My French mother-in-law, whom I remember with much affection, lived in the midst of an extraordinary web of her own weaving -- a web of gifts offered and received, of favors rendered and returned, of obligations freely undertaken and somehow as freely compensated. She was always doing some small thing that seemed incomprehensible to me. Yet I had the distinct feeling that underneath her small meneuvers was a robust sanity and an intensely practical morality.
In North Africa during the war, where by a strange fate our lots were thrown together, I had a special opportunity to observe her way of doing things. It happened that amid the wartime shortages of almost all foodstuffs I was able to bring to her regularly a portion of my rations from the army mess where I was quartered. A pound of sugar, a tin of coffee or of spam, would be allotted me by the mess sergeant in view of the fact that i was taking most of my meals outside. These I would contribute to the family stores.
My mother-in-law was soon making gifts of such provisions here and there among friends and acquaintances; and by some mysterious process the table was soon being laden with delicacies almost unheard-of in those difficult times. Fresh lobsters, I recall in particular, or the incredible treat of chocolate ice cream! I came to see that my mother-in- law was achieving minor miracles, not by barter in any strict sense, but by an astute generosity. What was sent forth was returned in unexpected forms, multiplied and indeed blessed by the surprised gratitude of the recipient.
I have been put in mind of these old things by reading the book Wealth and Poverty,m by George Gilder, the just published best seller that has become the bible of the new administration in Washington. Gilder makes an eloquent and witty defense of old-fashioned capitalism as opposed to such modern nostrums as planning, socialism or the welfare state. Virtually alone among the practitioners of his dismal science, he makes economics seem humane and capitalism profoundly moral. This he does by insisting at the beginning of the book that capitalism has its roots not in greed, but in generosity, not in the strictly rational but in the practice of hopefulness and faith.
The origins of capitalism Gilder discerns in the old tribal custom of giving feasts. The up-and-coming young man, ambitious for increased power and wealth, would set a richly furnished table and call in all his friends. Many among these would be impressed by the lavishness of his hospitality. Others would be grateful for the entertainment. Presently the young man would find his standing in the community enhanced and his coffers fortified by reciprocal favors. Others would vie with him in feast-giving and a good time was had by all.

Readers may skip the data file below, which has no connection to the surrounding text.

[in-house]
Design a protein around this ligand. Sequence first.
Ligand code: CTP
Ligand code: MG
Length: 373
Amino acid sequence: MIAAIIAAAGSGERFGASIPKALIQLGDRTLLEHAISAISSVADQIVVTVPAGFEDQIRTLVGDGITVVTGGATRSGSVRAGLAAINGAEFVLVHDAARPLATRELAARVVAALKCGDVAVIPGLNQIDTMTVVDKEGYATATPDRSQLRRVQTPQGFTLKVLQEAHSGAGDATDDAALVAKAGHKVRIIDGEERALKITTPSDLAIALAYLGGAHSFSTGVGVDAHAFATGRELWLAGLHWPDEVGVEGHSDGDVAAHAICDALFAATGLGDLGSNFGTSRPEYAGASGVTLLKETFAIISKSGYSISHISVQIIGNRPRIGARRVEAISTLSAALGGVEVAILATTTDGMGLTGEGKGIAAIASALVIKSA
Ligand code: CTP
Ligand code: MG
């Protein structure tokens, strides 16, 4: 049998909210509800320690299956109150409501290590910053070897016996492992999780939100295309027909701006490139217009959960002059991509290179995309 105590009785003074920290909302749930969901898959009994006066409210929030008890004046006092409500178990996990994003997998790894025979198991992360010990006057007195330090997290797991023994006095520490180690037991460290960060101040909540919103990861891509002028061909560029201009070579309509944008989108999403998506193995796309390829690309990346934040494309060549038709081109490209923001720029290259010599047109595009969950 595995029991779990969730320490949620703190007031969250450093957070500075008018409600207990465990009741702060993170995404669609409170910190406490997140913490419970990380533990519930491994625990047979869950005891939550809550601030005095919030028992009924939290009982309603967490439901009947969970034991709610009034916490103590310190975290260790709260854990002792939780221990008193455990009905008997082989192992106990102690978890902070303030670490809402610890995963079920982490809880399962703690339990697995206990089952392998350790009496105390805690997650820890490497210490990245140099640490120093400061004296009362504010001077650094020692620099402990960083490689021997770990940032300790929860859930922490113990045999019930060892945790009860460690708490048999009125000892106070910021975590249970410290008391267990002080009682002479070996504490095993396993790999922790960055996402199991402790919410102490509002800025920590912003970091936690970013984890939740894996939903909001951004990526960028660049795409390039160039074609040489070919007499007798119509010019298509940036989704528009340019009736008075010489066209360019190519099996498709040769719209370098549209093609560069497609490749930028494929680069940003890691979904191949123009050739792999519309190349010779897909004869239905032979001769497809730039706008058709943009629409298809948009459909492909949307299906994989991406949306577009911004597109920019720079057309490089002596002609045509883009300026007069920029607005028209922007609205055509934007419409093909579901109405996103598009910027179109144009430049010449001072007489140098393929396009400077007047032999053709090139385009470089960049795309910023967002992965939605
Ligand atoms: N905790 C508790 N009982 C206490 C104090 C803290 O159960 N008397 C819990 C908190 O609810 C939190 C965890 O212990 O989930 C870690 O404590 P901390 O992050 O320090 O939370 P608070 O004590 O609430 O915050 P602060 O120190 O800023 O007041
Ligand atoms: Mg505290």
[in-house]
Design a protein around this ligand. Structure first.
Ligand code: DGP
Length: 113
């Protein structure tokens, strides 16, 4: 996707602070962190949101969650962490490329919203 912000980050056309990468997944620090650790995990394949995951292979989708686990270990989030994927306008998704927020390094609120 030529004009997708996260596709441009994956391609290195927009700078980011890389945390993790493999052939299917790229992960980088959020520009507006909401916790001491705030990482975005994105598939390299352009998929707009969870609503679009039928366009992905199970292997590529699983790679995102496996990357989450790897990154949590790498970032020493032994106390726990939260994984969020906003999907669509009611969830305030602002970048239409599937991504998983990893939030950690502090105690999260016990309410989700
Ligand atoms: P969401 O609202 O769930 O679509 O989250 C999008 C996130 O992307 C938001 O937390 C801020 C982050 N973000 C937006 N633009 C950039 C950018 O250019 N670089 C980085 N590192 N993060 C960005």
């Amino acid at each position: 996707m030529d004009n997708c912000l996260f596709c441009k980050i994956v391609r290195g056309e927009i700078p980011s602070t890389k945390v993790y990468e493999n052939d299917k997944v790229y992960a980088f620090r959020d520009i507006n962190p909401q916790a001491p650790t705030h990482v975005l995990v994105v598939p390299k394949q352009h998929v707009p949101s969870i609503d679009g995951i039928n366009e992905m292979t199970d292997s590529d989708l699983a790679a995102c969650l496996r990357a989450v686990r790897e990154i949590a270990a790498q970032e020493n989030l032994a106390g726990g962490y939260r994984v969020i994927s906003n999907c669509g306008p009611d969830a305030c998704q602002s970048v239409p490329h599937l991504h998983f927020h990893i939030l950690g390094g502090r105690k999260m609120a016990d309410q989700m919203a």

What has all this to do with capitalism? Gilder argues that investmentsm under the capitalist system are essentially like the expenses incurred by the giver of feasts. A man sends out a portion of his wealth to participate in some enterprise, not knowing for certain whether it will be repaid and not under guarantee that it will bring him a profit. Often it does; and sometimes, like the blessing with which a gift is returned, it brings him an unimagined increase.
"The essence of giving," says our economist, "is not the absence of all expectation of return." Rather it is the indeterminateness of the return. In the moral life the kindnesses we perform are not (if they are true kindnesses) repaid in precise equivalences. It is revenge, not charity, that seeks an eye for an eye. It is socialism, not capitalism, that wants everything to be regulated, guaranteed and exact. And so the best of us, in our best moments, go about with an underlying sense of trust and a belief in the compensatory nature of the universe.
I has never thought of my mother-in-law as a capitalist; nor do I, I must aver, follow Mr. Gilder in all the reaches of his argument. But I must say that my mother-in-law often seemedm rich -- if not in visible coin at least in a smiling and secretly held satisfaction with life.